A Neolithic Industrial Revolution

What was the difference between paleolithic (old stone) tools and neolithic (new stone) tools?

…paleolithic used mainly knapped (chipped) stone tools, as well as bone and wooden tools, the Mesolithic showed an increasing number of microliths (tools made from tiny bits of stone) for things like arrow heads and sickle blades. The neolithic saw the beginning of farming tools to fit the new agricultural lifestyle and in the west the introduction of polished stone axes and pottery…

Why did they start producing polished stone tools? Wouldn’t it have taken one heck of a lot longer to make smooth, polished tools like these?

Why go to all that trouble of grinding and polishing stones?

It’s occurred to me that there might be a very simple explanation for the difference between paleolithic and neolithic tools. And it is that neolithic tools were made from molten rock. They were cast stone tools, made by pouring molten rock into moulds or forms, in exactly the same way we still make cast iron products. And that’s why the tools have smooth and even polished surfaces. Far from taking ages to make, they were made in a matter of minutes or hours.

So how did they melt rock? In furnaces or kilns, using charcoal and bellows?

They probably didn’t have to do that either. They used naturally-occurring molten rock. of the kind that flows in streams from volcanoes in places like Hawaii.

All they had to do was figure out how to get the molten rock to flow into the moulds or formwork in which the rock was to be shaped.  Maybe they did that by diverting the molten streams. Or maybe they dropped buckets into the streams, and hauled out molten rock like water.

It was a stone age industrial revolution which began about 12,000 years ago, which seems to be when smooth, polished neolithic tools started appearing in large numbers, long before copper or bronze or iron tools. And the reason these new cast stone tools appeared first is because molten rock occurs naturally, whereas molten copper or bronze or iron does not.

It would have been an industrial revolution because the new technology allowed them to make all sorts of stone tools very quickly, cheaply, and in large numbers. Neolithic axes probably had very sharp blades, which cut through timber far more quickly than their paleolithic knapped stone predecessors. Life got a lot easier. And the inexpensive and highly effective new stone tools were traded all over the world, because everyone wanted them.

And after they’d started off making simple stone tools, they went on to make ever bigger and better ones. Here’s a neolithic stone sickle from China:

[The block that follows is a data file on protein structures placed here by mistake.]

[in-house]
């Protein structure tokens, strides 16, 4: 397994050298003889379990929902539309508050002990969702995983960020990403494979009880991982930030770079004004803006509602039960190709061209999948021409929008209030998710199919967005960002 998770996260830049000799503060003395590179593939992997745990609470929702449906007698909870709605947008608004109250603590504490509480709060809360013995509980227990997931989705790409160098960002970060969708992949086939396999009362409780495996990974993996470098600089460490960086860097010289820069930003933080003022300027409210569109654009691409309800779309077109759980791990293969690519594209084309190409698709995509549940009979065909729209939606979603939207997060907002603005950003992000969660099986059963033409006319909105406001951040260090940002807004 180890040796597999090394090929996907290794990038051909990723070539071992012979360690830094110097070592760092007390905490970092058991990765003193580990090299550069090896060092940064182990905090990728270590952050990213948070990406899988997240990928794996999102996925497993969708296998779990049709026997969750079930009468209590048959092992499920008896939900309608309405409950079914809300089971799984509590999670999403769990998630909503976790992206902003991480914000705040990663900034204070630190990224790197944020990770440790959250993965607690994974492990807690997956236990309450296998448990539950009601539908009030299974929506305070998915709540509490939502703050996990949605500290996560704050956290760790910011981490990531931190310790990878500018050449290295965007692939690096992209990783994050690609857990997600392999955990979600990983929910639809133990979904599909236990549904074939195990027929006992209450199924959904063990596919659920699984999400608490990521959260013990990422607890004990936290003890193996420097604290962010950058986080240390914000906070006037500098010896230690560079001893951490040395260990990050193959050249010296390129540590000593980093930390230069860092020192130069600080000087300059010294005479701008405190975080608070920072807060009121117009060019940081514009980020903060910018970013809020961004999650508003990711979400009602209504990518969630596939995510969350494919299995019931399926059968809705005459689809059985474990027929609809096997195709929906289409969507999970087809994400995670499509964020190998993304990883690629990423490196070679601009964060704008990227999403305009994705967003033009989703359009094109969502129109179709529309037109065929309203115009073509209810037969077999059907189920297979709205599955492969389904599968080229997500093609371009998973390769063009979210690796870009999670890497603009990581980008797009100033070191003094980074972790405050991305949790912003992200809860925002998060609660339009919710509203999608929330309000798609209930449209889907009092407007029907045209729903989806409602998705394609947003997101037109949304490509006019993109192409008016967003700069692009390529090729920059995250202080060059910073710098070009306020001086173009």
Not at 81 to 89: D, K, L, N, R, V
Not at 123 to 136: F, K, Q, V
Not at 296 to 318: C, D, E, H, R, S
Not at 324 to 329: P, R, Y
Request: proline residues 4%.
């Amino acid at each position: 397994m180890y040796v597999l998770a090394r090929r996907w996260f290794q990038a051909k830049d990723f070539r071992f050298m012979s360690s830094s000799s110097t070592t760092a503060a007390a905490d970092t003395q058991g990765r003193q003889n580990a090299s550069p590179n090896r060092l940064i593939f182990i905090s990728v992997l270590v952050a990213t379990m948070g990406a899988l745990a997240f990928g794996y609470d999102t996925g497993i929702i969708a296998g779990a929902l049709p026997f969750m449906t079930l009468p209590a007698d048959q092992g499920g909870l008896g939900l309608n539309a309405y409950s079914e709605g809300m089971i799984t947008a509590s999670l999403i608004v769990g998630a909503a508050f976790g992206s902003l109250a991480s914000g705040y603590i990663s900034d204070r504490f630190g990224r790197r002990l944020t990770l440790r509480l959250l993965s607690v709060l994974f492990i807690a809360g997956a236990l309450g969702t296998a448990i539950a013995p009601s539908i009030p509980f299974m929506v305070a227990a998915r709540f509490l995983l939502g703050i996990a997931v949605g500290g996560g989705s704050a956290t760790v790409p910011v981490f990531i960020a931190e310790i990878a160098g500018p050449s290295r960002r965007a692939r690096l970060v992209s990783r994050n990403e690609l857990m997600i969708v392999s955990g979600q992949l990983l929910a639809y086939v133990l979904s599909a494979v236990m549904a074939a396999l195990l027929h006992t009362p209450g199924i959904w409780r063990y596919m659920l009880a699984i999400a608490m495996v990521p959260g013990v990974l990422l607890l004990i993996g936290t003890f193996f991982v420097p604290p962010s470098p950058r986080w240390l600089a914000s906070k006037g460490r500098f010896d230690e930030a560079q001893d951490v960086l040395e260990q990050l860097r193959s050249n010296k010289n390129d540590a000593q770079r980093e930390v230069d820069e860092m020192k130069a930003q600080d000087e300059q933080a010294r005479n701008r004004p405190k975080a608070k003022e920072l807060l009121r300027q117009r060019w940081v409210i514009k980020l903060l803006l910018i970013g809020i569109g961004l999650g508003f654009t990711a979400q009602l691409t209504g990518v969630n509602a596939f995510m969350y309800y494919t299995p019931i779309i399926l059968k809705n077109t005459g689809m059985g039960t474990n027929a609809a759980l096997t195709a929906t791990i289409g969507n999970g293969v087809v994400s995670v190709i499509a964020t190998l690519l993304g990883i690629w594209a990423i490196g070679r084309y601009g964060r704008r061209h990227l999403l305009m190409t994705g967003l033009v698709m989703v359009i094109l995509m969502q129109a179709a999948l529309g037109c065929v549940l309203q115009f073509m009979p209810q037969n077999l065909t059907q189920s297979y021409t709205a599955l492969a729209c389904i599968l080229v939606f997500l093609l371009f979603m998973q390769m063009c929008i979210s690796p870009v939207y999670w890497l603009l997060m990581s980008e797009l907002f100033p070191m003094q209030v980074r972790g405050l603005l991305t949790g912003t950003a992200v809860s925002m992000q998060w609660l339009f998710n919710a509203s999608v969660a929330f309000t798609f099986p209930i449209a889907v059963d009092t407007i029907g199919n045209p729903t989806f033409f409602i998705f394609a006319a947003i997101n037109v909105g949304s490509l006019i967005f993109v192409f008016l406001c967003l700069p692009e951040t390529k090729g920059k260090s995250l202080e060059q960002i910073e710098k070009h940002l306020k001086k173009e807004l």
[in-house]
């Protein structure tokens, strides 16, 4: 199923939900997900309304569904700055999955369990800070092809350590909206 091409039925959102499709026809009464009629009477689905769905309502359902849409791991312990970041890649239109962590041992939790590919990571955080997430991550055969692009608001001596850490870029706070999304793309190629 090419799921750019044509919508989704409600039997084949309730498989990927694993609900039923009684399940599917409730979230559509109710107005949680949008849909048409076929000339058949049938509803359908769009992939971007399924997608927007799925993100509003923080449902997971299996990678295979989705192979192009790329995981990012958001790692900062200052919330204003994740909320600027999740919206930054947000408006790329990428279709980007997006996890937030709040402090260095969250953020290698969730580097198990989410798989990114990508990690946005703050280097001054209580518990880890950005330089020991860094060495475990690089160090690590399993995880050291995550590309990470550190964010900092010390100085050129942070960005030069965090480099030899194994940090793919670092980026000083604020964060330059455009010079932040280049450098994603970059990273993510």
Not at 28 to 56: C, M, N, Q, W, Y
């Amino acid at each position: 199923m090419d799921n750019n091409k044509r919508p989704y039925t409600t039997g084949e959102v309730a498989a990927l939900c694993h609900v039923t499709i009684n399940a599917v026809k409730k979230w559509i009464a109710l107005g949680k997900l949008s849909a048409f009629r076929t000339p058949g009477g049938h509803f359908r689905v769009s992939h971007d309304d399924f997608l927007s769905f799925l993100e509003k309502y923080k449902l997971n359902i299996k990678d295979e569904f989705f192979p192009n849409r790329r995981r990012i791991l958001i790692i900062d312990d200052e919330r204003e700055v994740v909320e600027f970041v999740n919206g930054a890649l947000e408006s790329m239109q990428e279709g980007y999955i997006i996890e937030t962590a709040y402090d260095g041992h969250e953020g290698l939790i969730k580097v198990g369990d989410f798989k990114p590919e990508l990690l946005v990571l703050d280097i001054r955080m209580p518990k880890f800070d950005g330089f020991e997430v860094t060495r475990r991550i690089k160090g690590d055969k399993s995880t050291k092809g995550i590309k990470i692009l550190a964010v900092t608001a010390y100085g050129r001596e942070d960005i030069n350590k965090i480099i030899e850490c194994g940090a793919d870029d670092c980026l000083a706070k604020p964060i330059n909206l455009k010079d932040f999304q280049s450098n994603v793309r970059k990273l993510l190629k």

It looks like it could have been made of iron. But apparently it’s a stone sickle. There are also stone vases found in Cairo museums. In the accompanying text it is said:

At least one piece is so flawlessly turned that the entire bowl (about 9″ in diameter, fully hollowed out including an undercut of the 3in opening in the top) balances perfectly (the top rests horizontally when the bowl is placed on a glass shelf) on a round tipped bottom no bigger than the size and shape of the tip of a hen’s egg !

I very much doubt that the porphyry or diorite was turned on a lathe. Only the (wooden?) mould in which the piece was cast would have been made using a lathe.

The same applies to Inca constructions in Peru. I suggest that they also were constructed using molten rock. They probably made these walls in much the same way that concrete walls are made today, by pouring the liquid rock into formwork surrounding them, where they took the shape of adjacent rocks which had already cooled.

And if they could do all this with molten rock, why not also produce large cast stone statues as well, like the colossal red granite statue of the pharaoh Tuthmosis III at right?

So why did they stop making all these cast stone axes and sickles and vases and walls and statues?

Most likely because the volcanoes which had been producing millions of tons of molten rock ceased erupting. They ceased producing streams of molten rock. And with that the entire technology was lost. Within a century or two, nobody could remember how to make these objects.

It won’t have been the first time that technological skills have been lost. The Romans invented concrete, and used it in lots of buildings, but the secret of how to make concrete was lost for many years, until rediscovered just a century or two ago.

In summary, my suggestion: The neolithic era which began 12,000 years ago was the result of the eruption of one or more volcanoes at the end of the last Ice Age, producing large amounts of molten rock, which humans developed methods of shaping in all sorts of ways. This neolithic technology continued to be developed and improved until the volcanoes stopped erupting, at which point the required skills were lost. But they could be recovered, maybe in places like Hawaii, if some way can be found to get molten lava to flow into moulds once again.

A further suggestion: The neolithic period was fully part of the Stone Age. It just saw the production of new kinds of stone tools and artefacts. The discovery of copper and bronze and iron (and everything else) was a subsequent development. So the neolithic civilisation was nowhere near as advanced as today (with aircraft and spaceships).

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16 Responses to A Neolithic Industrial Revolution

  1. RdM says: